People who seek the protections of the Florida bankruptcy courts are always asking about what are the bankruptcy credit counseling and debtor education requirements. After all, when one is delinquent on debt and is seeking bankruptcy relief how can credit counseling and debtor education help with the debt? The federal bankruptcy law, BACPA (Bankruptcy Abuse Prevention and Consumer Protection Act of 2005), can answer the question. With almost no exception, those considering a bankruptcy must take credit counseling at least 6 months before a bankruptcy petition can be filed. After a bankruptcy is filed a debtor must also take an education course to have their debts discharged.
If you look at the name of the federal bankruptcy law, abuse prevention and consumer protection are at the center of the requirements imposed on those seeking to file bankruptcy. For instance, pre-bankruptcy counseling was established to allow potential debtors considering filing bankruptcy with an opportunity to evaluate their personal financial situation. In essence, the purpose of the bankruptcy credit counseling course is to provide a detailed discussion of a person’s financial picture while also providing a discussion of options and other legal alternatives to bankruptcy. Credit counseling institutions must be approved by the federal government, those who finish the courses get a certificate, and payment for the counseling session may be provided free of charge if the consumer cannot afford to pay.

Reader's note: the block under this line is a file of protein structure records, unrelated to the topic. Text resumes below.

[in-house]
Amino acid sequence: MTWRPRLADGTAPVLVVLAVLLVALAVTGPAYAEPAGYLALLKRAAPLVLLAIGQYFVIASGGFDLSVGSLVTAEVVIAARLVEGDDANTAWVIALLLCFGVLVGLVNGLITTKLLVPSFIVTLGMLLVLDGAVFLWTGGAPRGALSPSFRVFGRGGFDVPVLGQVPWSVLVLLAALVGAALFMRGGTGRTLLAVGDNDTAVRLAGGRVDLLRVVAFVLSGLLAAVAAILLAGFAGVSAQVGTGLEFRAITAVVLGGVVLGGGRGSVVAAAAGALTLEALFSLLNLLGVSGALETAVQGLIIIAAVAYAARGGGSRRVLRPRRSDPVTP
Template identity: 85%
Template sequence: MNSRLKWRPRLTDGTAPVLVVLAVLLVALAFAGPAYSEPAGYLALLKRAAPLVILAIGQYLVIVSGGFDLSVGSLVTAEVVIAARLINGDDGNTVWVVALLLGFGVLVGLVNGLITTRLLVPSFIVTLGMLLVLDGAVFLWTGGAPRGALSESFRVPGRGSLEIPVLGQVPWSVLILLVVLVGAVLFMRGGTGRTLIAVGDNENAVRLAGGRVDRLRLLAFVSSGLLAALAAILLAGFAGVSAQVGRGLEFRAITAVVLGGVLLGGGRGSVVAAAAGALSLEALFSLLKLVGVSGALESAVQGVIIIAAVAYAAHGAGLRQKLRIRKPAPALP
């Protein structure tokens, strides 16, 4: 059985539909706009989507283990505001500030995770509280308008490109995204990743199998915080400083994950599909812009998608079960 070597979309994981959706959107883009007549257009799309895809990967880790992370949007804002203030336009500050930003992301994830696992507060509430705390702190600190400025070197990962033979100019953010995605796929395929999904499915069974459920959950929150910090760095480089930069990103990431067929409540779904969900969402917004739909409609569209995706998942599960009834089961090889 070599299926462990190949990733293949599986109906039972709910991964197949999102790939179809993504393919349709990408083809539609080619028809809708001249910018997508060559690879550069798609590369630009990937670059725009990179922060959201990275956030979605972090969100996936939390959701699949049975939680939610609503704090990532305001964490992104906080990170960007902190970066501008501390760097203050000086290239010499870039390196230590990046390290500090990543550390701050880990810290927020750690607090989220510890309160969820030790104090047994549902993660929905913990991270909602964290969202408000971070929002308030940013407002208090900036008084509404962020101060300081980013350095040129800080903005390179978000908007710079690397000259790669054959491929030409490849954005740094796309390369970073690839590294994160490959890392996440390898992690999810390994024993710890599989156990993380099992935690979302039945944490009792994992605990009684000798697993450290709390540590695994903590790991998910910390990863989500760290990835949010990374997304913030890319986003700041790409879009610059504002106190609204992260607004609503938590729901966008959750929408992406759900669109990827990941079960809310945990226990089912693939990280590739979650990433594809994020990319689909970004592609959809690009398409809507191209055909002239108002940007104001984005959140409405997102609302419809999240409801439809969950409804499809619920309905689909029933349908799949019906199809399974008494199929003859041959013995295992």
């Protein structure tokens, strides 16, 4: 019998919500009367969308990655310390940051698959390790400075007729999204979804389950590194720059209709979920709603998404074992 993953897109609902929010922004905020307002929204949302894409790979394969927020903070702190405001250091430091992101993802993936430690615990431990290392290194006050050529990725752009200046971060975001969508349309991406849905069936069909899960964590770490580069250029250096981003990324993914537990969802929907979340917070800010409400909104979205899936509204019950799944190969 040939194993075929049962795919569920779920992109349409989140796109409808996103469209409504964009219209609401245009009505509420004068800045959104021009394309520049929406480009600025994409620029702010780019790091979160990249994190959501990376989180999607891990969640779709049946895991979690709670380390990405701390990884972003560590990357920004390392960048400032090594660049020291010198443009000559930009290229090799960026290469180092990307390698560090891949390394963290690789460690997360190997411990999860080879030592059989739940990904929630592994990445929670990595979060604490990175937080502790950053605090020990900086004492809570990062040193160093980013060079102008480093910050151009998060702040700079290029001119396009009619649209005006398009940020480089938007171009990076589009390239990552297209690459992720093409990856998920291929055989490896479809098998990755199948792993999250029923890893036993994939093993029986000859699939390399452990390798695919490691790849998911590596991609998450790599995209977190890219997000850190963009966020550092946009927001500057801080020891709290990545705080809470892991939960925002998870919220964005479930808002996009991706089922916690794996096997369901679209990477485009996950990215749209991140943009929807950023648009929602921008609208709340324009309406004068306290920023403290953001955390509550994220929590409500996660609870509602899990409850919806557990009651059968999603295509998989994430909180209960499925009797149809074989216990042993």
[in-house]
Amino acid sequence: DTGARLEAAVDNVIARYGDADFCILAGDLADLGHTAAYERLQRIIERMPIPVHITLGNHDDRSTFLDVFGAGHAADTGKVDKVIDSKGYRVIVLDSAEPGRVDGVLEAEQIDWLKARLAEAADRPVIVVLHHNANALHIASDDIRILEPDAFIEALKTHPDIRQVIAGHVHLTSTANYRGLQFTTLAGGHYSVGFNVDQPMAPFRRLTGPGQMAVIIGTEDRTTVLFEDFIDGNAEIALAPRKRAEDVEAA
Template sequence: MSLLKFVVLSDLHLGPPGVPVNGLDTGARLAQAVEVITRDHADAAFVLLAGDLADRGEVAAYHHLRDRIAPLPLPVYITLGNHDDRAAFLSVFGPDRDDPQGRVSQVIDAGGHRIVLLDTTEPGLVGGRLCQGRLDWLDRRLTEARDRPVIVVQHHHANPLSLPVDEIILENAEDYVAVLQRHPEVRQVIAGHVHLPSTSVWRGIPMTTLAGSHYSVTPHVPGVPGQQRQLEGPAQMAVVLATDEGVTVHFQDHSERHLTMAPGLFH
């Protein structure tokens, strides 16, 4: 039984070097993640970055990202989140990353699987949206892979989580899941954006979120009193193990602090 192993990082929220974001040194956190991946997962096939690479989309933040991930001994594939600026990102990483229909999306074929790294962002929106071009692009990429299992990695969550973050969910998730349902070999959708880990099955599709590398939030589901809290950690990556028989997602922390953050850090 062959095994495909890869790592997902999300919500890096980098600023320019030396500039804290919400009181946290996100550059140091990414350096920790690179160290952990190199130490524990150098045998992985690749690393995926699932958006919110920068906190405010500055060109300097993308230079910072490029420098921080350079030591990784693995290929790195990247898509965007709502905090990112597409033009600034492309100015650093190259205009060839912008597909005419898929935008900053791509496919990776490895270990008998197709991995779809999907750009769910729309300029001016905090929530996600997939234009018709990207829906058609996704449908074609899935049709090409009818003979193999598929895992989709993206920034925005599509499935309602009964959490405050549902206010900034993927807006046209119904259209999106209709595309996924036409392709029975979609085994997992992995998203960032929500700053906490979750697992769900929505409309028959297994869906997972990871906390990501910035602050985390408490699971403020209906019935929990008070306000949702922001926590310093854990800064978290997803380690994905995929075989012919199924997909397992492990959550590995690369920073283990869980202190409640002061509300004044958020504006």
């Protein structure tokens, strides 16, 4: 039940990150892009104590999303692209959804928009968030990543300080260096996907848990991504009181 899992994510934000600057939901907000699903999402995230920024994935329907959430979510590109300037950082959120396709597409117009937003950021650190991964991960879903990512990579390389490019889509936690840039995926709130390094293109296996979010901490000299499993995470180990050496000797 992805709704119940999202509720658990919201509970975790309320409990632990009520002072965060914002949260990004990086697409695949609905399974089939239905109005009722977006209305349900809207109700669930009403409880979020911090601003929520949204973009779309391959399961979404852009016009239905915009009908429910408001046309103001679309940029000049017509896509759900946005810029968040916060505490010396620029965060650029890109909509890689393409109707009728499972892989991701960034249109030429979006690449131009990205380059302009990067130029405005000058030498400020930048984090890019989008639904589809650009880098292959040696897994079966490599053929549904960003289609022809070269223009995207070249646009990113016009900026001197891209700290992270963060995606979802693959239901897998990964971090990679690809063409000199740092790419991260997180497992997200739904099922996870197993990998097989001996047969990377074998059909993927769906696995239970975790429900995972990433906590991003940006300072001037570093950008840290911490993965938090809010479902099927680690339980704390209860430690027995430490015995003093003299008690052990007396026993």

The post-filing debtor education course is completed after filing the bankruptcy but prior to receiving a discharge of debts. The typical course must also be approved by the federal government, and includes information on developing a financial budget so that the same situation does not take place again in the future. In summary, the debtor education course is a refresher on how to be conservative with one’s money and a primer and future reference on managing money and credit transactions. Both the bankruptcy credit counseling and debtor education courses are part of the federal law’s focus on promoting integrity and efficiency in the bankruptcy process and helping consumers overcome over-aggressive bankruptcy petition preparers and other unscrupulous individuals who promote fraudulent, deceptive business practices.